When Should I Be Concerned with Bleeding Gums?
When you finish brushing your teeth, you shouldn’t have a bloody toothbrush! Sometimes it is just a little blood that is coughed up after brushing is finished. Even a few drops is not normal. This symptom should not be overlooked by telling yourself that you have brushed your teeth a little too hard and that it is nothing at all. If the gum is bleeding, there is a problem.
Too aggressive brushing
If the gums are bleeding, it is a sign that brushing is too vigorous and it is not the right thing to do. Usually this happens when you brush your teeth horizontally from front to back instead of from the gum to the tooth. In extreme cases ... in addition to the bleeding, it can cause irreversible damage. The gum retracts and the teeth are hollowed out by real notches.
How to interpret bleeding gums
Most often when the gums bleed, it is because of bacteria. Bacteria are naturally present in our mouths and if we do not brush our teeth regularly, they settle on them with food debris to form dental plaque. It will irritate and attack the gum, which reddens, swells and starts to bleed. This is called gingivitis. Clearly, it is an inflammation of the gum tissue. Gums swell because they get stuffed with immune cells that rush through the bloodstream to try to defend themselves against bacteria. As an added bonus, inflammation is often accompanied by pain. And the last little bonus is that by attacking the gums the bacteria release residue that causes bad breath.
Gingivitis far from rare
80% of the population will be affected by gingivitis in their lifetime. Insufficient brushing is the cause of most of this gingivitis, but it is not the only cause. What is less well known is that hormonal disturbances such as puberty, menopause and pregnancy can cause gingivitis. In the latter case, it is called pregnancy gingivitis. Sometimes it can be overwhelming and some pregnant women experience bleeding from just biting into an apple. With nausea and profuse bleeding gums, they stopped brushing their teeth in the morning because they say it is hell. But beware, it is a vicious circle, the lack of hygiene maintains gingivitis. In this case, and in all cases of gingivitis, you should continue to brush your teeth even if it is bleeding with a soft toothbrush. This is the sine qua non for everything to be in order when the hormonal changes are over.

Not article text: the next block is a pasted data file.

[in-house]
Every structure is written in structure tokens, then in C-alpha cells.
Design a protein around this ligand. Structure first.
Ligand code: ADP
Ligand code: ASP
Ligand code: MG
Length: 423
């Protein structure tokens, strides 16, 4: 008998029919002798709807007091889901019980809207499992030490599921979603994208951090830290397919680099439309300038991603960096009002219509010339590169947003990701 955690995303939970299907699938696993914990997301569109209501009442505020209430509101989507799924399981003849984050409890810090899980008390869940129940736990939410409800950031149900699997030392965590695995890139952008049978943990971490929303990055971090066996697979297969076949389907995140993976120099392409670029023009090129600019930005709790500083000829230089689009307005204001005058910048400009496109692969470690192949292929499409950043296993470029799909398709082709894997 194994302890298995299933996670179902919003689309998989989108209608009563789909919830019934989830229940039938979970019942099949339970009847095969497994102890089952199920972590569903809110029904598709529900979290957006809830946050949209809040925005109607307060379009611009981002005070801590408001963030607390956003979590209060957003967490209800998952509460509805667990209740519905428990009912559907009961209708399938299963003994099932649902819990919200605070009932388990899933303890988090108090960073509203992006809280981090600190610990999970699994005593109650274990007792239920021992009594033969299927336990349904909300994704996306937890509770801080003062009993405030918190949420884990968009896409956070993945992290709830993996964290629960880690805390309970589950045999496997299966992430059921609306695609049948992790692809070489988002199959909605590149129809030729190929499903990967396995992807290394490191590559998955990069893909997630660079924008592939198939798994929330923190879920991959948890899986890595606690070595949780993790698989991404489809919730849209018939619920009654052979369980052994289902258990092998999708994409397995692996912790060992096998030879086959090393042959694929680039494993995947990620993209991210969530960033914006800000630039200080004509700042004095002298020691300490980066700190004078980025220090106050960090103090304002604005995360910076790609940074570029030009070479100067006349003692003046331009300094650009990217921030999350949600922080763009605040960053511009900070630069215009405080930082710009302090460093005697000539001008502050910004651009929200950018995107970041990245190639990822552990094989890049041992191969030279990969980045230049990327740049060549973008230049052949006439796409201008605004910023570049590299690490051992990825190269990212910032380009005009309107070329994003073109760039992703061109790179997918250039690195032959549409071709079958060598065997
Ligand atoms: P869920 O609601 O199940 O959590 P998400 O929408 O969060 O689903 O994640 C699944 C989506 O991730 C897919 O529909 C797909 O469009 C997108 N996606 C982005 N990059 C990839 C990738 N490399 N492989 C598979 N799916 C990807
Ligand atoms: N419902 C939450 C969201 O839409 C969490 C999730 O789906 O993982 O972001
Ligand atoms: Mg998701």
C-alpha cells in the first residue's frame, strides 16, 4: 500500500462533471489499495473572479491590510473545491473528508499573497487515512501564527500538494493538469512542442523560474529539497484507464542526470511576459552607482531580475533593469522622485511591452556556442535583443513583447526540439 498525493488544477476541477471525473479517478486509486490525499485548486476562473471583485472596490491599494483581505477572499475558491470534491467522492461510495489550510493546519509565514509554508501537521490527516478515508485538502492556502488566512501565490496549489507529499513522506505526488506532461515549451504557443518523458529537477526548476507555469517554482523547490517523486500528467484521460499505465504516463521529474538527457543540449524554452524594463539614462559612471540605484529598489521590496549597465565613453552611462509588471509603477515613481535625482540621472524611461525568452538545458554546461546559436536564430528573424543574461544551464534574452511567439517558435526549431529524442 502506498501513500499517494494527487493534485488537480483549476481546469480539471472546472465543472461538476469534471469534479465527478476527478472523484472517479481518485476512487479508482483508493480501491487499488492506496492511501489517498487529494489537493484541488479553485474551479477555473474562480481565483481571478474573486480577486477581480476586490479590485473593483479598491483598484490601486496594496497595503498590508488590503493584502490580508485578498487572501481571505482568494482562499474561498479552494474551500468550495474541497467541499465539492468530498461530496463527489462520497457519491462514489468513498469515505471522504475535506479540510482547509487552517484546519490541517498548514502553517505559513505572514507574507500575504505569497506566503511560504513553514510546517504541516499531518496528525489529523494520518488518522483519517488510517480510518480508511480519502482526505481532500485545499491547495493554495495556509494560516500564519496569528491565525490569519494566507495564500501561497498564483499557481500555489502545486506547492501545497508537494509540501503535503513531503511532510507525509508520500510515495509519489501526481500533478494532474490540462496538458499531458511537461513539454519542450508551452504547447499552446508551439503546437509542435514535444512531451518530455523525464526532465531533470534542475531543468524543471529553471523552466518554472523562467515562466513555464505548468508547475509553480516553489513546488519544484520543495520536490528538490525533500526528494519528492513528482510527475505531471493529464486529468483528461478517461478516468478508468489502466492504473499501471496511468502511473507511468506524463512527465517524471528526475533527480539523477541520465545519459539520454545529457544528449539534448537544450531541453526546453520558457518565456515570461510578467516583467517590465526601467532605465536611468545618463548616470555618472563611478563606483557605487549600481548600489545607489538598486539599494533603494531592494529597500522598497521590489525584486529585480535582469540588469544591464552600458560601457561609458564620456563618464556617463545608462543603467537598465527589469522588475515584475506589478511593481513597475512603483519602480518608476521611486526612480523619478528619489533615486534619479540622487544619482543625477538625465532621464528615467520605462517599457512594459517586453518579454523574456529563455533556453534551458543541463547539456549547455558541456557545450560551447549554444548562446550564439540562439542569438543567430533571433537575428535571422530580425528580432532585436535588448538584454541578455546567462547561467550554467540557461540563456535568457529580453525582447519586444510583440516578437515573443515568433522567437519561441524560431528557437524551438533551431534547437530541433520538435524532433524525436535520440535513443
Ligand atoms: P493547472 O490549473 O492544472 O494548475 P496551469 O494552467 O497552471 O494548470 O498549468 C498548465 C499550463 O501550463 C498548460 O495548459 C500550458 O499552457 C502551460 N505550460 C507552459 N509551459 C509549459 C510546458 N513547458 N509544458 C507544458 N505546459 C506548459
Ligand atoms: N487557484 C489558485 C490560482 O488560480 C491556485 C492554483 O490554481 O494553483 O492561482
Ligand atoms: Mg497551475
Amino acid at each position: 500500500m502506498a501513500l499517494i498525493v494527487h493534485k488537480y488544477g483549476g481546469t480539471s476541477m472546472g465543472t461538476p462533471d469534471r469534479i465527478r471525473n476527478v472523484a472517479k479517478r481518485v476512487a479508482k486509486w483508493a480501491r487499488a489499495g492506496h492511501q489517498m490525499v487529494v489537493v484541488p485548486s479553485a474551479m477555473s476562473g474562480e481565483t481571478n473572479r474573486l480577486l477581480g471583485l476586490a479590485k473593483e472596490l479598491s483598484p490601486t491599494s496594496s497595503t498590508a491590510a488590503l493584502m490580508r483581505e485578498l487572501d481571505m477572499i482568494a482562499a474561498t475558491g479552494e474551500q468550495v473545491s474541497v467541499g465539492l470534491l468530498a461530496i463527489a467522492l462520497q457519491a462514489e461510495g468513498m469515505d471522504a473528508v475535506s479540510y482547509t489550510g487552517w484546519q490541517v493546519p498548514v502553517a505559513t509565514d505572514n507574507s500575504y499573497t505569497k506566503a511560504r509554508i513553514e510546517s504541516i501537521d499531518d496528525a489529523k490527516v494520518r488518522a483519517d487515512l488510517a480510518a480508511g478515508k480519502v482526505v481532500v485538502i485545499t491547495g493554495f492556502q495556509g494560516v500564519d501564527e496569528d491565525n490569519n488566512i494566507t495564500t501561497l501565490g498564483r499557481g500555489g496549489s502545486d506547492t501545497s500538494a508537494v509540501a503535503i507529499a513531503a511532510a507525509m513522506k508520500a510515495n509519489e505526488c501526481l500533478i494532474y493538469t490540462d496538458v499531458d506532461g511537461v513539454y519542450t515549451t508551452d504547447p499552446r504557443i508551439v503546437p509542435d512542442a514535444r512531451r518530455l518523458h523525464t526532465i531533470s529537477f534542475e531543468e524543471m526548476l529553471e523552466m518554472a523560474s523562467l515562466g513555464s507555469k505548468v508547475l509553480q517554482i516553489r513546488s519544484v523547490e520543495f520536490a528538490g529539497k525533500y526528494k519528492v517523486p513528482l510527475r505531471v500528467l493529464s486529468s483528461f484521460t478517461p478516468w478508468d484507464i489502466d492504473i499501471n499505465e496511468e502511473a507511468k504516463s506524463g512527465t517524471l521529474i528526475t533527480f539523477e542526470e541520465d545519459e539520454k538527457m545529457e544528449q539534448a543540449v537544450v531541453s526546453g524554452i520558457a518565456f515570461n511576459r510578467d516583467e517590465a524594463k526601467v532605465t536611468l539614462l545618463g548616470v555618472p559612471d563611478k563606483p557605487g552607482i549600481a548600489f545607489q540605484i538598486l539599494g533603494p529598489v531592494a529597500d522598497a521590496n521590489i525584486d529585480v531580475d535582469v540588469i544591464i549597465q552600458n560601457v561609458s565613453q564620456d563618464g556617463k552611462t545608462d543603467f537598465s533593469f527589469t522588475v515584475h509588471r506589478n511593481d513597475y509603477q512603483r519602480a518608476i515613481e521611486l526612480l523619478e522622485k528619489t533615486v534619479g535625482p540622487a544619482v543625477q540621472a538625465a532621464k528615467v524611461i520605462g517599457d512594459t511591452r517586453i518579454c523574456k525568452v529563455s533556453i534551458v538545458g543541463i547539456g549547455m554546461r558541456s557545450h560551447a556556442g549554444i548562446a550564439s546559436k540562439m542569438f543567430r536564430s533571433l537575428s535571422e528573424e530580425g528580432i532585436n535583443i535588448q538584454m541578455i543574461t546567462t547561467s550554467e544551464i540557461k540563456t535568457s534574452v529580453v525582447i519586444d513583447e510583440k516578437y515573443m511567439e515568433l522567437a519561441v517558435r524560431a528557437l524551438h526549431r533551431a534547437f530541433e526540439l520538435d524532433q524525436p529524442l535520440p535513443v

Gingivitis is reversible. With regular descaling and impeccable brushing, healthy gums can be found. The problem is if you let it hang out, you risk what is called periodontitis.
There are periodontal pockets that will form, these are the kinds of little niches between the remaining bone and the tooth. They are perfect reservoirs for bacteria and tartar which maintain the disease. The periodontium is what surrounds the tooth. The gum is obviously part of it, but there is also the bone in which the teeth are engrained. If dental plaque and tartar are not removed, then some bacteria can attack the bone.
The problem is, once the bone is destroyed, you can't go back, it's irreversible. One of the signs are the small black triangles between the teeth which are typical of chronic periodontitis in people 50-60 years old. We must act urgently so as not to lose even more bone, if we do not want the teeth to come loose and end up falling out.
Are bacteria alone involved?
There are other factors that come into play, bacteria alone are not enough. There is a genetic predisposition in the severe forms of these diseases, favored by tobacco, stress, immune diseases, unbalanced diabetes.
Treatment for periodontitis
We relearn the hygiene rules and a classic descaling must be done. We do several close sessions to eliminate tartar and all bacteria under the gums in depth. In maintenance it will be sessions every 3 to 6 months. If that is not enough, we can intervene surgically by opening the gum to go clean directly at the level of the pockets. Antibiotic treatments can also be combined with very aggressive bacteria.
Towards a sign of more general diseases
Bleeding gums can be a sign of a bleeding problem if you have hemophilia or leukemia. It can also be a sign of serious vitamin deficiency, which is not the majority of cases but that is why it is important to see your dentist if this ever happens.